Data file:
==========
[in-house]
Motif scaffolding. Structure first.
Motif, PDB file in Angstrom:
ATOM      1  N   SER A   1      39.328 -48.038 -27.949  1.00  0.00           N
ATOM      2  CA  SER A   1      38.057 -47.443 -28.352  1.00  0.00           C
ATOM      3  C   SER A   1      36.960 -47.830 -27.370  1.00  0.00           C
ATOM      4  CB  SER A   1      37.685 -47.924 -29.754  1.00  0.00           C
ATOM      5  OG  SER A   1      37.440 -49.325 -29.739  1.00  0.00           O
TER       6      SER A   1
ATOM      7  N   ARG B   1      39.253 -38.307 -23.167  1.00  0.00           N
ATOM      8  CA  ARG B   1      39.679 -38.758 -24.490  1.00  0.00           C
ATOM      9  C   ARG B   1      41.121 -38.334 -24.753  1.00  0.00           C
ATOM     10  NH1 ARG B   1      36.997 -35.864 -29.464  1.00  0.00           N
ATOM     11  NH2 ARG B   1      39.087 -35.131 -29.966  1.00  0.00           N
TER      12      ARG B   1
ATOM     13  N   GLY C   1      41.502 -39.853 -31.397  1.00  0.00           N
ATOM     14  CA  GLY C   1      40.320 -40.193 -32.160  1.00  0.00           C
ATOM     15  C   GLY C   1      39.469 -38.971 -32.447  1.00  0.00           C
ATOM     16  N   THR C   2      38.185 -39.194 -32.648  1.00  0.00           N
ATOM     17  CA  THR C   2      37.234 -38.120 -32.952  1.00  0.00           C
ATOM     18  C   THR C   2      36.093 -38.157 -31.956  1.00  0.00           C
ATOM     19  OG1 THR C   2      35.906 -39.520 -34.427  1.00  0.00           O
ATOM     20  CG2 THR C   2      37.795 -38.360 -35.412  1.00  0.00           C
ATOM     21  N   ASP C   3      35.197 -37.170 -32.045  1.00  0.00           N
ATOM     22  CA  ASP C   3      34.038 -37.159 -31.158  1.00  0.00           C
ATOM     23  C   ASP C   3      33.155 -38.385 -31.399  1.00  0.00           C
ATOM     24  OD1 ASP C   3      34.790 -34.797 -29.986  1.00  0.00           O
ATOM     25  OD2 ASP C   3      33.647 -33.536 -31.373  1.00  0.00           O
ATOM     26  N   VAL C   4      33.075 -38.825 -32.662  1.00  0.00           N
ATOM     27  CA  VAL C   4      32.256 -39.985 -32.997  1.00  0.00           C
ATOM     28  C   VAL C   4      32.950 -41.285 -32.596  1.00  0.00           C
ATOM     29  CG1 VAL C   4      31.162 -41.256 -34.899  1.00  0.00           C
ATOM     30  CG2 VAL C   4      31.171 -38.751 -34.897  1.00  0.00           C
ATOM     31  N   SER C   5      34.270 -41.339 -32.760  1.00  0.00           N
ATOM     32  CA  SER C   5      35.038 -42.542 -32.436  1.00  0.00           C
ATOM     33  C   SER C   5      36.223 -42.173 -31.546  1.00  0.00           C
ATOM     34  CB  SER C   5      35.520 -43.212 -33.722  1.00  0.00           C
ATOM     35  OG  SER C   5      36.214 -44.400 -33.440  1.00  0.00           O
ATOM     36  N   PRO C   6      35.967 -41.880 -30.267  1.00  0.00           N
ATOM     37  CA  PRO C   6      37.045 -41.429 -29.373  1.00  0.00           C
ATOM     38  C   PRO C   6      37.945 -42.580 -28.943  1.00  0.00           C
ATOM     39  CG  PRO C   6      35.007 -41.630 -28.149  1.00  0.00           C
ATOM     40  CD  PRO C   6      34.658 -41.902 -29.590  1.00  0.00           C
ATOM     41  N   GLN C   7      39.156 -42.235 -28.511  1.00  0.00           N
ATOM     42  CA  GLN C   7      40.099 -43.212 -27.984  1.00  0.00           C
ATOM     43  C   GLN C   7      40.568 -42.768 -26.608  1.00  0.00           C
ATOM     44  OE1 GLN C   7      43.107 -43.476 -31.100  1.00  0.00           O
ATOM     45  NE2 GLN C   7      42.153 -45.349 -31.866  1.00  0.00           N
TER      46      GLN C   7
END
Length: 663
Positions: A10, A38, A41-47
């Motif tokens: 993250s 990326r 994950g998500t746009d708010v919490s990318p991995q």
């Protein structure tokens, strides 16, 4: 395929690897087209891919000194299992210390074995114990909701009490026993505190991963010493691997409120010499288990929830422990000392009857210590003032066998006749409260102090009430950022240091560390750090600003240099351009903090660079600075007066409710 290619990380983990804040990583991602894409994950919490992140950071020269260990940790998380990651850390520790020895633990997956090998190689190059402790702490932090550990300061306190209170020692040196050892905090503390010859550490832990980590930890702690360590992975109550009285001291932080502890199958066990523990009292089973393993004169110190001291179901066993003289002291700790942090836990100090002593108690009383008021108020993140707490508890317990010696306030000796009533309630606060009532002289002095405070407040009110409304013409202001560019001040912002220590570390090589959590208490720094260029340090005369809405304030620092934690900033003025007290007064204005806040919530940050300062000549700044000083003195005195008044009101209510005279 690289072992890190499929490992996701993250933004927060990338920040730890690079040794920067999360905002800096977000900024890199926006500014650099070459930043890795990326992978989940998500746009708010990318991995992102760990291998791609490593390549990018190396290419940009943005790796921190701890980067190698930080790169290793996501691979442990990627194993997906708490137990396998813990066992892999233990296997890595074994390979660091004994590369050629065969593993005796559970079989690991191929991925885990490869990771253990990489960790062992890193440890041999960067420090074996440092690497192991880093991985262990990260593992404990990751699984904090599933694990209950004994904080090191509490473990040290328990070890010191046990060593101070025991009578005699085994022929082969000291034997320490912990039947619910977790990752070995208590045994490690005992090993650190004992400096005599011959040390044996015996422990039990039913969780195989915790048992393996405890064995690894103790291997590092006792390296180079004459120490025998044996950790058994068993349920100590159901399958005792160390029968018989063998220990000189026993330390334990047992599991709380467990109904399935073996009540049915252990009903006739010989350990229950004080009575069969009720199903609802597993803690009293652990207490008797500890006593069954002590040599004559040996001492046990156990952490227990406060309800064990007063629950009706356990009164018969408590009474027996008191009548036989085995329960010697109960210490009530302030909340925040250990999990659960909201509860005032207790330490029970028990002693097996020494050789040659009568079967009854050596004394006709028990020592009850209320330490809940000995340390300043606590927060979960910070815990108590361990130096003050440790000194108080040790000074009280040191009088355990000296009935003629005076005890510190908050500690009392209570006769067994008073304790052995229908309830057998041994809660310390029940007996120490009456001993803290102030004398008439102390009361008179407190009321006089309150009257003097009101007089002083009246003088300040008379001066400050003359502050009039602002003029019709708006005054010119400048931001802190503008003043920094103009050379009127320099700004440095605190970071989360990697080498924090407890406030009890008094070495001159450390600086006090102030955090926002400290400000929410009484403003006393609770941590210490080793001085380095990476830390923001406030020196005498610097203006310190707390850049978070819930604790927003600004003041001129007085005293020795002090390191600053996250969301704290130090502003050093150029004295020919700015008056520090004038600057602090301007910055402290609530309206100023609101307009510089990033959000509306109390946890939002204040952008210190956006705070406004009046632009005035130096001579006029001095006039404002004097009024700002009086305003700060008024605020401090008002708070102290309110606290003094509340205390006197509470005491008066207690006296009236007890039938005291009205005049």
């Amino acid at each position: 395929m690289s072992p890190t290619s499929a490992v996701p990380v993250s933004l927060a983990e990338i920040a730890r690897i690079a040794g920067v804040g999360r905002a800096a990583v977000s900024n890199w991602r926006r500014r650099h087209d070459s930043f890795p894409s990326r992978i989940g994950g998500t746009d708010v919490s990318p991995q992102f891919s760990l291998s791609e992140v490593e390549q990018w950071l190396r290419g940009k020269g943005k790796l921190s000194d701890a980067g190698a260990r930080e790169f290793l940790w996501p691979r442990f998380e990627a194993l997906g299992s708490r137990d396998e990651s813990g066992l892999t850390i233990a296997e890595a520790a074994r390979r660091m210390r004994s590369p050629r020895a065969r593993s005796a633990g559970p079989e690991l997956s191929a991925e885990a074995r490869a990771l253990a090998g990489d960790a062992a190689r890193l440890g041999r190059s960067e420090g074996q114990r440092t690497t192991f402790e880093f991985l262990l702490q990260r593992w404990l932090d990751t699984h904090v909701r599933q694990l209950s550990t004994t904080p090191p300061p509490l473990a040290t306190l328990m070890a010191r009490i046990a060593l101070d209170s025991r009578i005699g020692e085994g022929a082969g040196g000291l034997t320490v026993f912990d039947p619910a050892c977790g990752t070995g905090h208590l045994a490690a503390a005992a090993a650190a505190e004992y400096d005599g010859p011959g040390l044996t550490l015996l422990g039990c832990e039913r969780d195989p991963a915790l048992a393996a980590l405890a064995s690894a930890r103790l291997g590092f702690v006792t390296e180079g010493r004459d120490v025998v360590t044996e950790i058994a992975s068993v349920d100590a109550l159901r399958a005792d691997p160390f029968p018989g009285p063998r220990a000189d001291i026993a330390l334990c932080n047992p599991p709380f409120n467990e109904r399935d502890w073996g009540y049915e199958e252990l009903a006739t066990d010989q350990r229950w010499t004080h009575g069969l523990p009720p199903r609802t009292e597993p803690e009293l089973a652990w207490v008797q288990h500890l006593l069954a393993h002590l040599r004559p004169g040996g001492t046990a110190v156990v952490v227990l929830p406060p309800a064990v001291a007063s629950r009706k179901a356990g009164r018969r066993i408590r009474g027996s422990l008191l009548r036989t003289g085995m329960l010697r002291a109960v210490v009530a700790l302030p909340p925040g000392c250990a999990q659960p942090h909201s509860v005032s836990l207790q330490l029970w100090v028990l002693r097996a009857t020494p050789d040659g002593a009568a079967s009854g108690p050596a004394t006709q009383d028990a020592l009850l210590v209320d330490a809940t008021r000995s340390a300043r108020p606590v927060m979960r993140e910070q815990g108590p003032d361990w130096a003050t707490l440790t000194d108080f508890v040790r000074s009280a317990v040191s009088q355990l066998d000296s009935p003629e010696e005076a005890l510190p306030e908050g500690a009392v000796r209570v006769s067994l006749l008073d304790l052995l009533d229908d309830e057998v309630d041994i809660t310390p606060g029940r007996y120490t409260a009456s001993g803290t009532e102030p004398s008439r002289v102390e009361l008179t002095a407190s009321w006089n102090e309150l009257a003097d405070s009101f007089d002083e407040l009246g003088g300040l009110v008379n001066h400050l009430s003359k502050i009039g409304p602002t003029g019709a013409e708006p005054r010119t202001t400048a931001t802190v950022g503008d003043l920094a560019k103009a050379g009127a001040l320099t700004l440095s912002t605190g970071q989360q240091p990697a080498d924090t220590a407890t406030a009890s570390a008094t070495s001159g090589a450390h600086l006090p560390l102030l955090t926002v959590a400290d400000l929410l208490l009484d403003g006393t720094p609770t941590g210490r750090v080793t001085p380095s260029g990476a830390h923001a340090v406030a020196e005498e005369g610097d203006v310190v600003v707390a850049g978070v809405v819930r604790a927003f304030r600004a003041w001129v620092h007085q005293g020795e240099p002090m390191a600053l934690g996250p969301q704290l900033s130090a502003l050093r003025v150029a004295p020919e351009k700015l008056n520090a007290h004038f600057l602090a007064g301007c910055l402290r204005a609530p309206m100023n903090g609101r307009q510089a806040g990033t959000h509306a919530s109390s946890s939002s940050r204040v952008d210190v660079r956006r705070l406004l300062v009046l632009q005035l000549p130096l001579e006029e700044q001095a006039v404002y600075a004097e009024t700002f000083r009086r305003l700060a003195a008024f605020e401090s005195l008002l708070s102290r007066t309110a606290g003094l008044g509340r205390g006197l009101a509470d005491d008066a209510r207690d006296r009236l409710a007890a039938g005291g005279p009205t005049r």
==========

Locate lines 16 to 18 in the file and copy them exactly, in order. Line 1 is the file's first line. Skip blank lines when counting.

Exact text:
ATOM     13  N   GLY C   1      41.502 -39.853 -31.397  1.00  0.00           N
ATOM     14  CA  GLY C   1      40.320 -40.193 -32.160  1.00  0.00           C
ATOM     15  C   GLY C   1      39.469 -38.971 -32.447  1.00  0.00           C